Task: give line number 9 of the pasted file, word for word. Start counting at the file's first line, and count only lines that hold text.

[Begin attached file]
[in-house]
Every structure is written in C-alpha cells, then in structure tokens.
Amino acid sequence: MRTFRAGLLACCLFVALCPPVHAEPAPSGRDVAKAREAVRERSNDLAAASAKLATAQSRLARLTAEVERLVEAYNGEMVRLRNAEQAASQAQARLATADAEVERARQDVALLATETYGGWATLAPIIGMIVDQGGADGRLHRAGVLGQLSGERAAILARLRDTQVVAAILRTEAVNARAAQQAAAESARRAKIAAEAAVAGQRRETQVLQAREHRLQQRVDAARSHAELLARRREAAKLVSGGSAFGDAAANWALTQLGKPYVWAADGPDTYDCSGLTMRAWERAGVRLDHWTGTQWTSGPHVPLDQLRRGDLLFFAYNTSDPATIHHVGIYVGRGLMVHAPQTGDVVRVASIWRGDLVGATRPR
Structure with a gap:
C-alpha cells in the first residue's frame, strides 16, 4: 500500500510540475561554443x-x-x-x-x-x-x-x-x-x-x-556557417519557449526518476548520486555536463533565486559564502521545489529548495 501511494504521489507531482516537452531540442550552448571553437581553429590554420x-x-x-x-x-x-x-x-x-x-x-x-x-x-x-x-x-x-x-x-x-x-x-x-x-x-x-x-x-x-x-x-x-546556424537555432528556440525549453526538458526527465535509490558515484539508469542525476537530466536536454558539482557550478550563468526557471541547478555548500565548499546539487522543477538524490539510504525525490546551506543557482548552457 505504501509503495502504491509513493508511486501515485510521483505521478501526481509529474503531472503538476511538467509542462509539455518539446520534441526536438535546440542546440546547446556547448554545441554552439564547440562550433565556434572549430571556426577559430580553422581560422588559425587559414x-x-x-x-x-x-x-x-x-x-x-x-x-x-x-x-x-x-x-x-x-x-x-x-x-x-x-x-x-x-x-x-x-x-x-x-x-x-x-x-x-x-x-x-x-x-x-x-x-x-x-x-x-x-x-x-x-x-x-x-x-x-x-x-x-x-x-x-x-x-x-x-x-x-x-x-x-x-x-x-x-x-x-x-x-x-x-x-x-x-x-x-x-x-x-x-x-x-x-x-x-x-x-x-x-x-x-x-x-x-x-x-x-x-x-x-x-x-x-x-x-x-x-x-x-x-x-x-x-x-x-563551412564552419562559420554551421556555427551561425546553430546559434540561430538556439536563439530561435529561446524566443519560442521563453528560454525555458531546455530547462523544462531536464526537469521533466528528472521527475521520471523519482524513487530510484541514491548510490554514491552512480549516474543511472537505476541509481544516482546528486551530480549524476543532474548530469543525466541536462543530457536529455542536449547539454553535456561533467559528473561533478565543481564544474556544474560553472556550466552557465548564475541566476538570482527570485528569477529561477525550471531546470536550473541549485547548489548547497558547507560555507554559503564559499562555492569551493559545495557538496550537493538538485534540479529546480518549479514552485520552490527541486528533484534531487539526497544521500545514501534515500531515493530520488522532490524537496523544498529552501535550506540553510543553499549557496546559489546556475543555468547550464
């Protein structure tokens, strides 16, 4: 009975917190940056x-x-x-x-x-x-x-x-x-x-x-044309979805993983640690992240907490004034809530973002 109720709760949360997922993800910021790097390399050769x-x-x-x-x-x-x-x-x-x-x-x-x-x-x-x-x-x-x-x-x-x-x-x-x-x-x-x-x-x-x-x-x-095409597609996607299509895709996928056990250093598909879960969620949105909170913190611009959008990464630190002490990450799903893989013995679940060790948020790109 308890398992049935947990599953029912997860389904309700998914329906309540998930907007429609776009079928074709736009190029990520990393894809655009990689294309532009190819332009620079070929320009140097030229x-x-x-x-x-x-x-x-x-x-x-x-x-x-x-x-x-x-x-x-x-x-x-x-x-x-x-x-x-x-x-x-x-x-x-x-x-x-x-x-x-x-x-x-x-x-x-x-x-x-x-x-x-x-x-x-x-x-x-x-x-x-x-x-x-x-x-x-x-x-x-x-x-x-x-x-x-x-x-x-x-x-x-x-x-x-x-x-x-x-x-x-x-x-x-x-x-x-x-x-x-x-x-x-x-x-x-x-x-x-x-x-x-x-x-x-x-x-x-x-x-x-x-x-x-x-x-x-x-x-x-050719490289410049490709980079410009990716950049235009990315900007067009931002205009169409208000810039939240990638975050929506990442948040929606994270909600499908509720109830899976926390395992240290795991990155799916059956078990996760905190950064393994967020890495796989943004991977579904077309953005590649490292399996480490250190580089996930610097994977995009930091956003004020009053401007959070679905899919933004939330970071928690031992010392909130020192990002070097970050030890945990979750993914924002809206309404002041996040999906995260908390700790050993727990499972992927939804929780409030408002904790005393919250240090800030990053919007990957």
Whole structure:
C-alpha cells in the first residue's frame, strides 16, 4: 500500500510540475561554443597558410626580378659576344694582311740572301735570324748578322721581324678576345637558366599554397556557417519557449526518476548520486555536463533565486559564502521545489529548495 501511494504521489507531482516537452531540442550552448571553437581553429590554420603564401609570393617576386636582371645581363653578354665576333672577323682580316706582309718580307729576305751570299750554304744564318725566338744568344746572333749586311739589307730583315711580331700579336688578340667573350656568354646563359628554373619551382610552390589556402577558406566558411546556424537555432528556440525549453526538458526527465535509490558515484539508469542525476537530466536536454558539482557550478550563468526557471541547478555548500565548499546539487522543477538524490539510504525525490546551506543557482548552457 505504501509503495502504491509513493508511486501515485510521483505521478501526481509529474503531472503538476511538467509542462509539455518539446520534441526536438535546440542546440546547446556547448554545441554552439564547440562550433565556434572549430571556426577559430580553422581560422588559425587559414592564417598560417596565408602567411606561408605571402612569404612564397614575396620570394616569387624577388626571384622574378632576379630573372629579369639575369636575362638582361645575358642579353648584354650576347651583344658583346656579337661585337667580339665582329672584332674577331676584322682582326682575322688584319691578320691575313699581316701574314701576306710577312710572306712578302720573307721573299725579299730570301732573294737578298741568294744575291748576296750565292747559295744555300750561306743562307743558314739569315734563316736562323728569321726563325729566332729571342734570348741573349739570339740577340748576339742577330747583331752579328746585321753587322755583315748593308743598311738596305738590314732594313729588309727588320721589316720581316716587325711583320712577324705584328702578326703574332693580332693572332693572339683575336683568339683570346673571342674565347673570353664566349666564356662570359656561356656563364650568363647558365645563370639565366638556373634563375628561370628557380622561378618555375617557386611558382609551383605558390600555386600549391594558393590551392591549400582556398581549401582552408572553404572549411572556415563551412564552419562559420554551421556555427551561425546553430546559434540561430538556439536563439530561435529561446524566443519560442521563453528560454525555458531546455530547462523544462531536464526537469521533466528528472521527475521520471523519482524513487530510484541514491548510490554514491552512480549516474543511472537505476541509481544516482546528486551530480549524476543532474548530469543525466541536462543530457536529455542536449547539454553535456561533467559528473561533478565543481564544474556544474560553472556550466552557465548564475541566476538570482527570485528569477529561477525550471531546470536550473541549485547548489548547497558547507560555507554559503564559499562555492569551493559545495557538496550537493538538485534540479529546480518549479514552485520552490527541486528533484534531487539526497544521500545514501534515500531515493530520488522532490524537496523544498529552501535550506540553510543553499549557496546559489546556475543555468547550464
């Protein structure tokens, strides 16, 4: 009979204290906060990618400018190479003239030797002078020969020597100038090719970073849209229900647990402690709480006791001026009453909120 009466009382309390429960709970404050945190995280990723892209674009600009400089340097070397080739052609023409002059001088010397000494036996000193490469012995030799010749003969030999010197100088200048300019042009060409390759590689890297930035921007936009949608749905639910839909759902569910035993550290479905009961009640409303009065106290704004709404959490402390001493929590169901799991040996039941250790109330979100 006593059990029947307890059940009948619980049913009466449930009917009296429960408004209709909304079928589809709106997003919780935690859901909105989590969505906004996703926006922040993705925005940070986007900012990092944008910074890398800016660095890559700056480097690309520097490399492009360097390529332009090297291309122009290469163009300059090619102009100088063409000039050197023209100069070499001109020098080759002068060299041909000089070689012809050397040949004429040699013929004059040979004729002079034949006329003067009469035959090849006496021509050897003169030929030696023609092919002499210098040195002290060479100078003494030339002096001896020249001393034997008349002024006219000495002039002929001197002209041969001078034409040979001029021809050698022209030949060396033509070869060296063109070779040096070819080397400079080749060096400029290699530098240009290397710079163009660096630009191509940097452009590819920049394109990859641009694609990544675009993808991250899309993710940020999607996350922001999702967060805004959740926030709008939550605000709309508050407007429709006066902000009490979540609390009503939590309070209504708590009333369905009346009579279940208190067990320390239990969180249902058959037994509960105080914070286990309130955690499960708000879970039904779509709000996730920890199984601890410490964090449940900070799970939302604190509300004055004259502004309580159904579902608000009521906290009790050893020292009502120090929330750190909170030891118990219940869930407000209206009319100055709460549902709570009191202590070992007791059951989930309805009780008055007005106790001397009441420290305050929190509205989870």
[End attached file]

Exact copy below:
């Protein structure tokens, strides 16, 4: 009979204290906060990618400018190479003239030797002078020969020597100038090719970073849209229900647990402690709480006791001026009453909120 009466009382309390429960709970404050945190995280990723892209674009600009400089340097070397080739052609023409002059001088010397000494036996000193490469012995030799010749003969030999010197100088200048300019042009060409390759590689890297930035921007936009949608749905639910839909759902569910035993550290479905009961009640409303009065106290704004709404959490402390001493929590169901799991040996039941250790109330979100 006593059990029947307890059940009948619980049913009466449930009917009296429960408004209709909304079928589809709106997003919780935690859901909105989590969505906004996703926006922040993705925005940070986007900012990092944008910074890398800016660095890559700056480097690309520097490399492009360097390529332009090297291309122009290469163009300059090619102009100088063409000039050197023209100069070499001109020098080759002068060299041909000089070689012809050397040949004429040699013929004059040979004729002079034949006329003067009469035959090849006496021509050897003169030929030696023609092919002499210098040195002290060479100078003494030339002096001896020249001393034997008349002024006219000495002039002929001197002209041969001078034409040979001029021809050698022209030949060396033509070869060296063109070779040096070819080397400079080749060096400029290699530098240009290397710079163009660096630009191509940097452009590819920049394109990859641009694609990544675009993808991250899309993710940020999607996350922001999702967060805004959740926030709008939550605000709309508050407007429709006066902000009490979540609390009503939590309070209504708590009333369905009346009579279940208190067990320390239990969180249902058959037994509960105080914070286990309130955690499960708000879970039904779509709000996730920890199984601890410490964090449940900070799970939302604190509300004055004259502004309580159904579902608000009521906290009790050893020292009502120090929330750190909170030891118990219940869930407000209206009319100055709460549902709570009191202590070992007791059951989930309805009780008055007005106790001397009441420290305050929190509205989870």